In this respect, then, the Leave campaign scored twice: not only was the EU more expensive than you thought, but its membership fees starved the NHS of cash that might otherwise be available to spend on the public service voters prize most.
Nor was this the only example of how support for the NHS can be leveraged to boost one particular constitutional preference. In the latter stages of the Scottish independence referendum, the Yes campaign argued that only independence could protect the NHS from being privatised.
This was not, to use the technical term, true since a) the service has not been privatised despite Scotland voting No, and b) since health is a devolved matter, it could not be privatised against the Scottish government’s will anyway. Nevertheless, Better Together strategists believe the claim helped swing late-deciding voters towards independence.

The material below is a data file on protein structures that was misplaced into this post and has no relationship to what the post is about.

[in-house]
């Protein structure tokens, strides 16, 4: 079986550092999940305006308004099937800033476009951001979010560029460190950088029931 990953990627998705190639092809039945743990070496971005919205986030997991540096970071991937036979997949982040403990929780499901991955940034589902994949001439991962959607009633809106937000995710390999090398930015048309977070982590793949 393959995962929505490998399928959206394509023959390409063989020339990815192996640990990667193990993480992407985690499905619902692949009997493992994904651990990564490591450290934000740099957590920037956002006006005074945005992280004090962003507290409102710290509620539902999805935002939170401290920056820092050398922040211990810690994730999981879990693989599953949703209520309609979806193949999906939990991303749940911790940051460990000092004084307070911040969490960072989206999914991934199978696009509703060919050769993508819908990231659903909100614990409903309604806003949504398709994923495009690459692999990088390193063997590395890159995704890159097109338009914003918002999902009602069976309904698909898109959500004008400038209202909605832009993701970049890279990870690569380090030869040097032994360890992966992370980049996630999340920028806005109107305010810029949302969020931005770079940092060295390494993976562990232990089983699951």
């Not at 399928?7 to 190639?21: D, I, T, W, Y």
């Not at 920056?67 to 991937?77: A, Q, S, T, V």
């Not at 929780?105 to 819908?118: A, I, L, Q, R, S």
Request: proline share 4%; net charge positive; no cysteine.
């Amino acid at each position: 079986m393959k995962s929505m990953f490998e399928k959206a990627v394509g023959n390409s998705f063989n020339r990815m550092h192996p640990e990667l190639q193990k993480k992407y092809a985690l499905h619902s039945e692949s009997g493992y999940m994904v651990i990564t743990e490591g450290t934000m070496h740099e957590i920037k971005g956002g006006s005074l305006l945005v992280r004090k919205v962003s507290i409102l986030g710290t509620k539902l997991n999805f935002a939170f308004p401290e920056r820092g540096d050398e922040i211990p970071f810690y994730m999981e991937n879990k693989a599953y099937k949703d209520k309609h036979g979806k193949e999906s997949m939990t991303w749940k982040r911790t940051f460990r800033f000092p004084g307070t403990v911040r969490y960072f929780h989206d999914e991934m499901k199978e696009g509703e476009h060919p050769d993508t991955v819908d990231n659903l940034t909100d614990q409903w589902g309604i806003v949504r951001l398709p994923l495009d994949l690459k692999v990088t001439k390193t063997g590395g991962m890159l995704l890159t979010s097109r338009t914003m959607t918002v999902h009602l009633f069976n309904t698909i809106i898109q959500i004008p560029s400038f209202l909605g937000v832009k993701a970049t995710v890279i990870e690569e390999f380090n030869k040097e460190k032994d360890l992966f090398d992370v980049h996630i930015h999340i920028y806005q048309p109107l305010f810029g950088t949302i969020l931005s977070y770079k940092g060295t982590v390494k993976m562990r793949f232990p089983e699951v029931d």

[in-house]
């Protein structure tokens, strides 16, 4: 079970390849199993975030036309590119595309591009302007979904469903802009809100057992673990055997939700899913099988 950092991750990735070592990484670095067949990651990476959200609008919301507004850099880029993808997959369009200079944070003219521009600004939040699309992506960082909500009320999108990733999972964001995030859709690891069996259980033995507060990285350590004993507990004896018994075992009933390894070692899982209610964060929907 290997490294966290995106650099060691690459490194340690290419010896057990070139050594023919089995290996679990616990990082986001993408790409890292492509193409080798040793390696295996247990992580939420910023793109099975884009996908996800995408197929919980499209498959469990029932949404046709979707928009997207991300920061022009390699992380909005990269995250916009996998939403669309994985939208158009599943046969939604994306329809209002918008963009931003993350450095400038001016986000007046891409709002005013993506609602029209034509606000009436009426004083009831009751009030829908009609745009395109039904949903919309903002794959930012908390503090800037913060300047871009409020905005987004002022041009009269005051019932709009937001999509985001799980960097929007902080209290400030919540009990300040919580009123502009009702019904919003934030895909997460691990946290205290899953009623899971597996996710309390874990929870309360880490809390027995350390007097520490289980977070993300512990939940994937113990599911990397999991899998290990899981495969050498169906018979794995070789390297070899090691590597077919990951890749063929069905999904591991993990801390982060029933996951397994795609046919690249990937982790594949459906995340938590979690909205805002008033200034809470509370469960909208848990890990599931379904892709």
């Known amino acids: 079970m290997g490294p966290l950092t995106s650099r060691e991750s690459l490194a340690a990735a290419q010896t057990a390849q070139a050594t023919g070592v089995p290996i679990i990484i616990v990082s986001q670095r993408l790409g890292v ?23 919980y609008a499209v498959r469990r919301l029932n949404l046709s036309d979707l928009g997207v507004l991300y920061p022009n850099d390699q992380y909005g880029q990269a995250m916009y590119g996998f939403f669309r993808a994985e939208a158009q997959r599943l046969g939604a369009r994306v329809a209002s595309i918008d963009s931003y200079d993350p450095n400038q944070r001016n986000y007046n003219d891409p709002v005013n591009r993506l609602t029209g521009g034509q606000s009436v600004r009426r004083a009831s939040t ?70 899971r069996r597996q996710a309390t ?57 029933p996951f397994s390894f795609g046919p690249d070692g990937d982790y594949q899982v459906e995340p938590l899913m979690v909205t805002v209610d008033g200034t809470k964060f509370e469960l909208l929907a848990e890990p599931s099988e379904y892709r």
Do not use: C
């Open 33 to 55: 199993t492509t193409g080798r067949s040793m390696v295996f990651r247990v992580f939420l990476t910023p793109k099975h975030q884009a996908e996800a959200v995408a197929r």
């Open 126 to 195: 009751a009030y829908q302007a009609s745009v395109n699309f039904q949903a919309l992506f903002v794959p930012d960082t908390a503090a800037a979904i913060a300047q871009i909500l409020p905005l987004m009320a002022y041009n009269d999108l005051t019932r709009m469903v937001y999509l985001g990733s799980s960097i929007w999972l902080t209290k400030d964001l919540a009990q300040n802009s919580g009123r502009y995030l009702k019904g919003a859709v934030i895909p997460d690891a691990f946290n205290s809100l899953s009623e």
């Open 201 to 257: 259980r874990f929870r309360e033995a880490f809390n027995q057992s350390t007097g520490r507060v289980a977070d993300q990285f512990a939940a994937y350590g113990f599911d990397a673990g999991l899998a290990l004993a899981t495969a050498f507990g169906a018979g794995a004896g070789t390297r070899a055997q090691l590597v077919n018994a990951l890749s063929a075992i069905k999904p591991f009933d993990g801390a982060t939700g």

In each instance, the NHS was to be treated as a sacred relic. Taking a different view was almost an act of blasphemy. You mean you don’t believe in the NHS? Gosh. At the very least, you plainly don’t believe in it enough.
As is always the case any time the NHS is discussed, all perspective must be lost. The humdrum reality of a service which delivers a just-about-acceptable service at a just-about-manageable cost is ignored.
Instead, and remarkably, the British people are inclined to hold two contradictory beliefs about the NHS, namely that it is both the envy of the world and in a state of absolute crisis. Neither of these is true, even if many of the problems afflicting the four UK health services are acute and liable to get worse, not better, in the future.